Don’t let the government limit our right to know
01 October, 2020
Planning disputes covered in the New Journal have included Little Green Street
THE government move to overhaul our planning laws threatens the very democratic heartbeat of the nation.
It muzzles publicity about new developments that affect our neighbourhoods.
It helps to conceal changes to the world around us – the streets we live in, the houses that are around us.
At present, any form of development has to be made known to locals – usually, the local authority, informed of the proposal, will print newsletters and attach them to lampposts and more importantly publish them in local papers.
Free newspapers, such as ours, have large circulations – ours with our sister weeklies have a certified circulation of 70,000 covering Camden, Islington and Westminster.
All of this would end if the government gets its way.
This government has a history of wanting to bypass the people – it prorogued Parliament even though this was declared unlawful last year. Now, its new planning proposal is to put certain information online – and no longer publish them in newspapers in what are known as “public notices”.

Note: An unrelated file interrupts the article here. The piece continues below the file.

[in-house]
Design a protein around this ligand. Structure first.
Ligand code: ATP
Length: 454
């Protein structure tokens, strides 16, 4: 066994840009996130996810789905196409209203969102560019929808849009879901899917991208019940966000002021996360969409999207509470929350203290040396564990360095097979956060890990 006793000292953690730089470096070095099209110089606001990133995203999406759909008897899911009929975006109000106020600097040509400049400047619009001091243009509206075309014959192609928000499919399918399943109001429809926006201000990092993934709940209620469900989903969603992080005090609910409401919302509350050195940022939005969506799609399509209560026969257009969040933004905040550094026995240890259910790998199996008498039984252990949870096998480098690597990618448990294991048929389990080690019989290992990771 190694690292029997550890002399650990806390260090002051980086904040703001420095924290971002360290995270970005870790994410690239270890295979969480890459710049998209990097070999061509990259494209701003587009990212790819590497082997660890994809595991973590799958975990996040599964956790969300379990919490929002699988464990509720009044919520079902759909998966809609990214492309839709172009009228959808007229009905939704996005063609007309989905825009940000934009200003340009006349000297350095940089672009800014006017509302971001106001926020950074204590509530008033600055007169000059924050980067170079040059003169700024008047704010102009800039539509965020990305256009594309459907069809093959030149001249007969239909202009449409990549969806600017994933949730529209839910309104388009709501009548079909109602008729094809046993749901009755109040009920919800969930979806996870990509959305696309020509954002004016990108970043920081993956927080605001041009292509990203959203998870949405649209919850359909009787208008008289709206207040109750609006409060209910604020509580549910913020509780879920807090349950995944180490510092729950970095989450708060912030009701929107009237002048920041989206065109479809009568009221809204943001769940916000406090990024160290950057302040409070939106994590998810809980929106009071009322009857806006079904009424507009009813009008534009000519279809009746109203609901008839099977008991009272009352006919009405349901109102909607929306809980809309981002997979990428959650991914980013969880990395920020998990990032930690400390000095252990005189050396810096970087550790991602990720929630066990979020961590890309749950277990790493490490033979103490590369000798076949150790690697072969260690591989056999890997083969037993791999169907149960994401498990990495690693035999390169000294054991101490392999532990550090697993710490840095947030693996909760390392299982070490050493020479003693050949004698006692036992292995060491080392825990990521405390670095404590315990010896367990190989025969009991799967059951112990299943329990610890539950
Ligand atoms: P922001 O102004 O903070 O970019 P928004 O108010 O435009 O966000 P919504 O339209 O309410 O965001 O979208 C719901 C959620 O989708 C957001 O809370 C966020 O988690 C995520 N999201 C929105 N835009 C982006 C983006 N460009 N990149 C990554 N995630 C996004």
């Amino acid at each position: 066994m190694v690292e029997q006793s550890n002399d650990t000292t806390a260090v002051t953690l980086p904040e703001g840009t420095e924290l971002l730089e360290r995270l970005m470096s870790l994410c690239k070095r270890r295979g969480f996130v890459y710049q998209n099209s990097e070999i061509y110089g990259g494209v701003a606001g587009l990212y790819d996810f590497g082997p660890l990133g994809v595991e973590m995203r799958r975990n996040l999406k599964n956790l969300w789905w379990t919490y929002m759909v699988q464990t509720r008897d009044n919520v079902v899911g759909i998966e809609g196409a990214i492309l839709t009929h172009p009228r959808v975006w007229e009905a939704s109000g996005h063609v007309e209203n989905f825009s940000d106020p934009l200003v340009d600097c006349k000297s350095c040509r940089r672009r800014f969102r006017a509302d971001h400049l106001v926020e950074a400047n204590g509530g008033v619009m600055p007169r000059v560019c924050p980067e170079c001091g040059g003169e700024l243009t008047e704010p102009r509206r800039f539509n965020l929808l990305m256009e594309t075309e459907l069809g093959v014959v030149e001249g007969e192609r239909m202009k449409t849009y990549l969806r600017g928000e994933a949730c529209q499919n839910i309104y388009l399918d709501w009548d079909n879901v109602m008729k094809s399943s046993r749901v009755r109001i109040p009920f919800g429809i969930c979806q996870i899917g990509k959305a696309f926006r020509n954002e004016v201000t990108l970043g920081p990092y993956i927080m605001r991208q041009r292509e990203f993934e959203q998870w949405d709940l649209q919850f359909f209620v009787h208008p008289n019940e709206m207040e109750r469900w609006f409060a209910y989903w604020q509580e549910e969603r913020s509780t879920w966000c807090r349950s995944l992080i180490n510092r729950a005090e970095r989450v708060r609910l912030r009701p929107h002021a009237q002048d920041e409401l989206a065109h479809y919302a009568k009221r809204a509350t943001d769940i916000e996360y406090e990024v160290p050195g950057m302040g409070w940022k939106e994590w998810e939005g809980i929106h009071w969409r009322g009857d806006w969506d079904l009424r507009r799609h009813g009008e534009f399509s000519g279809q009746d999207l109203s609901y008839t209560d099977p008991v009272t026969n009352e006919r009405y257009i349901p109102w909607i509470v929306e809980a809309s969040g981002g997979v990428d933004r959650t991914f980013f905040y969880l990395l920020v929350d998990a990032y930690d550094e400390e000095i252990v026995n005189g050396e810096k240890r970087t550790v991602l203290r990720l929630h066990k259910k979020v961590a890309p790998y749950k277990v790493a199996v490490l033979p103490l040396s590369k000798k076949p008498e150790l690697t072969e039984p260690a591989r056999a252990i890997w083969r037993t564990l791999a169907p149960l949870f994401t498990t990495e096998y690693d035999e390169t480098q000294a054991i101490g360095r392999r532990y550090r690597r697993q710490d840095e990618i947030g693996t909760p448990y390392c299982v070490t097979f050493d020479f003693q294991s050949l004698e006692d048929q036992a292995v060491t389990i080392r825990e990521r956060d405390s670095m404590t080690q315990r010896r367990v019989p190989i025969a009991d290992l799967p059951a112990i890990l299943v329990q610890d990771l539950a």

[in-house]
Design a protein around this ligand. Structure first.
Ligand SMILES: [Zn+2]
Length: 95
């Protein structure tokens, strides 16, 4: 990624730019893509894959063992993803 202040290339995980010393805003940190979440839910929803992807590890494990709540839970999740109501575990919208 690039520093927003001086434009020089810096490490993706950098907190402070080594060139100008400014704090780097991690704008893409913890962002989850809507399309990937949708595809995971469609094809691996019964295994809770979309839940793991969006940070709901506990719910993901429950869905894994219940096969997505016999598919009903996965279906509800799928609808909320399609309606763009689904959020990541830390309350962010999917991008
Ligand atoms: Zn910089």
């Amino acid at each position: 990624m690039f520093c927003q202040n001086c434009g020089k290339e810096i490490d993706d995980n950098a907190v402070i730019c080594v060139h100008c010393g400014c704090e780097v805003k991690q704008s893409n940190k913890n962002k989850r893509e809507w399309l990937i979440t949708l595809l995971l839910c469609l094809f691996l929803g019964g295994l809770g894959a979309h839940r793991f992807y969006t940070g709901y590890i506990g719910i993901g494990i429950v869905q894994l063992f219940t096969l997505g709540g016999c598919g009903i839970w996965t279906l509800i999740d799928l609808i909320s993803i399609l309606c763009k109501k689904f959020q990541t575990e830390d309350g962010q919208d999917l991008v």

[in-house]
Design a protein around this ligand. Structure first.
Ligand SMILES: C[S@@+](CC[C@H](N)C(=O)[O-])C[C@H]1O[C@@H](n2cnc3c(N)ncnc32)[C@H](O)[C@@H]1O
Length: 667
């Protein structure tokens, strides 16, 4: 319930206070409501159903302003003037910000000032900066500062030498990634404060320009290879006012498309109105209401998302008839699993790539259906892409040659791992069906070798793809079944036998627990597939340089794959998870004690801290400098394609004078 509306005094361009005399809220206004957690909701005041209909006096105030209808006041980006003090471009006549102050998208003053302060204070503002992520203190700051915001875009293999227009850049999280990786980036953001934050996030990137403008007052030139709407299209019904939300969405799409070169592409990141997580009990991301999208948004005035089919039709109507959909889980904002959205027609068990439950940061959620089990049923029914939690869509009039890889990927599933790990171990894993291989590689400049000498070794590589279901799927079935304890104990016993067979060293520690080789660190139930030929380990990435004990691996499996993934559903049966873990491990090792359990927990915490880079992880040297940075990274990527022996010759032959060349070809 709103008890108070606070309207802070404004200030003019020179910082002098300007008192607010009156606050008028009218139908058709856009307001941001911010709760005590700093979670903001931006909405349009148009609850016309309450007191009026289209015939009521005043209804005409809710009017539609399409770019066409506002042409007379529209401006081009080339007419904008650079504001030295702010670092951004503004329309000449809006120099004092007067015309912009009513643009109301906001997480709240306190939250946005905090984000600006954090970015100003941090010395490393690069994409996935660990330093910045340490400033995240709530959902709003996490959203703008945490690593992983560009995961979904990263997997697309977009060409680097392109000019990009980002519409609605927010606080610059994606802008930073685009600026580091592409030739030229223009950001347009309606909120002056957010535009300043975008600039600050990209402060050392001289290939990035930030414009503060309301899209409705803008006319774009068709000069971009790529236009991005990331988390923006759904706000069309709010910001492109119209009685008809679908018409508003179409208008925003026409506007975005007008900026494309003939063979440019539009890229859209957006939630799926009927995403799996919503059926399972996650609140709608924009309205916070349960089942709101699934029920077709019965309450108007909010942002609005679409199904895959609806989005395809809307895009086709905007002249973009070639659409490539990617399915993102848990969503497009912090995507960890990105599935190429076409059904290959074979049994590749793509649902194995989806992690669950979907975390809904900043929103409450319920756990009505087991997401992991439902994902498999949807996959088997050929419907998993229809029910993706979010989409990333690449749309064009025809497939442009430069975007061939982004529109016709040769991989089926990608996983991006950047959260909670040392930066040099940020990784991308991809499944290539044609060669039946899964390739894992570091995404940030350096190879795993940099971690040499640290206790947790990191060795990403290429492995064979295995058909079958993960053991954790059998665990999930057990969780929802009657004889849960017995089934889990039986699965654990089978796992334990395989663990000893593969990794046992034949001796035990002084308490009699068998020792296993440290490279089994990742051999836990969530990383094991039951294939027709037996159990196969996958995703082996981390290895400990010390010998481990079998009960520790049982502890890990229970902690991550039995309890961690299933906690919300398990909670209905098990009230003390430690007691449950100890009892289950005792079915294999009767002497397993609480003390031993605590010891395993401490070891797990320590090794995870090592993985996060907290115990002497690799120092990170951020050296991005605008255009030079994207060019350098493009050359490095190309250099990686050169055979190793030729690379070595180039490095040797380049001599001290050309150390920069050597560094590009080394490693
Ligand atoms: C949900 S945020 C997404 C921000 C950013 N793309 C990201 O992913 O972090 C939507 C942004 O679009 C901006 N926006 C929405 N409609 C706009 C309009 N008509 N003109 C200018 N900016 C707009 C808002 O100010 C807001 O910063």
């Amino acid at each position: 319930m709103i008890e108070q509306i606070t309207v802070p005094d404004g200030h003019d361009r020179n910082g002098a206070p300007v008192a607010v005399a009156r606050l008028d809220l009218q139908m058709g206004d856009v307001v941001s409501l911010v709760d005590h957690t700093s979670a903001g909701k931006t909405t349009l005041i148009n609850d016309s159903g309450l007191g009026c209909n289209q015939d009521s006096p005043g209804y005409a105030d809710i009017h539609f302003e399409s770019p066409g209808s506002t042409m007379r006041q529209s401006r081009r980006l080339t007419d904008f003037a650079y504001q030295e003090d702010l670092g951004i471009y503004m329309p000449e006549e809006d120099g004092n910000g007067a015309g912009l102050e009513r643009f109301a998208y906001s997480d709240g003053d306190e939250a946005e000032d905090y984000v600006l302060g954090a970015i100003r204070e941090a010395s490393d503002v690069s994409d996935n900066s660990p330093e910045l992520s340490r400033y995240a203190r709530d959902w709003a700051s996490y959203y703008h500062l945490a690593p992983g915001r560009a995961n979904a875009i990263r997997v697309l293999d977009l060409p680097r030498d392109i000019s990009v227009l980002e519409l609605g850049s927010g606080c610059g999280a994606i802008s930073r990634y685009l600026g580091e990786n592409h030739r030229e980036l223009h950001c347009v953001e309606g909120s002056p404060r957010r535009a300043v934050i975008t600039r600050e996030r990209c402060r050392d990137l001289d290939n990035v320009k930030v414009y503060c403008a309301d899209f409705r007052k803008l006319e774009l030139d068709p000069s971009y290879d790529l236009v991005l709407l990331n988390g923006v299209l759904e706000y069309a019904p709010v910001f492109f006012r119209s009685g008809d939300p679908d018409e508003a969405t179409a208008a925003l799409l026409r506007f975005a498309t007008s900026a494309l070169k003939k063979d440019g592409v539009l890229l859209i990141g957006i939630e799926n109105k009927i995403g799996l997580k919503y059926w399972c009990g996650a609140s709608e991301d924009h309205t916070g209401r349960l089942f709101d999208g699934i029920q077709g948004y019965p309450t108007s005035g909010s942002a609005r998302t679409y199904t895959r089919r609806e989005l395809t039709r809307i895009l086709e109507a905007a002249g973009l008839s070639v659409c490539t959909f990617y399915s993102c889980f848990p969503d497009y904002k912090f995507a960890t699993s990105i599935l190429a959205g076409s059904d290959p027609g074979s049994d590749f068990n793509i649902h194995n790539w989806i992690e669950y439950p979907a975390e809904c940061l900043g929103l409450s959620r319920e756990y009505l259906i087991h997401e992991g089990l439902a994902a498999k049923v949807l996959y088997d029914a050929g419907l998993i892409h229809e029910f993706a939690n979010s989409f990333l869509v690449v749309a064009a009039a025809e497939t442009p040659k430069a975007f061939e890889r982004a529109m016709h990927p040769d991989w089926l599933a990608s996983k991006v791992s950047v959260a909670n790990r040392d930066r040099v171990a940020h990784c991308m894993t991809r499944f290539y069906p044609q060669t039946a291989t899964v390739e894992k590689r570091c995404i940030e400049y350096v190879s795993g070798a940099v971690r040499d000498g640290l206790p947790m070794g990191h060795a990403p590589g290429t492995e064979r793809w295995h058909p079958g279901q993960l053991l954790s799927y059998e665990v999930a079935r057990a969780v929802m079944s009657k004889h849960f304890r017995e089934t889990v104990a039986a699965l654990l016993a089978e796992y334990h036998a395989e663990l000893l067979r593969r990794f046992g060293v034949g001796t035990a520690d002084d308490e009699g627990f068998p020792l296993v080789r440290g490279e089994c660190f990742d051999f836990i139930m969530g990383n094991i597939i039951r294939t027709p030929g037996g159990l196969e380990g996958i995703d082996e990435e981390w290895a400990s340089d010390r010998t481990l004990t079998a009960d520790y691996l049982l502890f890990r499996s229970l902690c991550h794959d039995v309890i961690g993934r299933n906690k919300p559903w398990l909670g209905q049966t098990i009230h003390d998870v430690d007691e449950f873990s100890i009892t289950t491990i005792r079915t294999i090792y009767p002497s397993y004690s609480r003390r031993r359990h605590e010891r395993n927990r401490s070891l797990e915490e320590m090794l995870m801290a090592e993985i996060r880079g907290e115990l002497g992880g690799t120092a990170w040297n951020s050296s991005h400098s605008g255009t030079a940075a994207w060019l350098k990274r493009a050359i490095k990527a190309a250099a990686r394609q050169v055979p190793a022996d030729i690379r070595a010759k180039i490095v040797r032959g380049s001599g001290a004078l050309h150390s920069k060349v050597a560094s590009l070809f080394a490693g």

Historically, public notices have had to be statutorily published in local newspapers for more than 100 years.
Occasionally, secretive governments have tried to abolish this statute but protests have killed off their attempts.
The body representing newspapers, the News Media Association, has asked the government to think again.
They asked its members – and as such we obliged by writing to our MPs to support us. Hampstead and Kilburn MP Tulip Siddiq backed this newspaper; we are still waiting for a response from Sir Keir Starmer to whom we wrote to a few weeks ago.
Secrecy is at the core of bad government. All governments incline towards secrecy. The battle for openness and democracy is the heart and engine of all future social campaigns by a population that is becoming more and more enlightened.
As a newspaper we accept that we benefit if public notices are published in our pages because local and national authorities pay for them.
But why do we exist as a newspaper if not to serve the community with news, entertaining and serious, but more importantly with information about what is happening in the locality.
Naturally, we need revenue to do so. Publication of public notices is one source. Abolish them – and we lose money and are weakened as an organ representing the people.
With an awareness of the importance local newspapers play in the community, we hope more MPs will support us – a growing number of Tory MPs are unhappy with the government’s hide-and-seek rules and hopefully will rebel against them.
We urge our readers and members of the public to keep up a demand for full public disclosure of planning changes – so that parliament will make sure the government thinks again.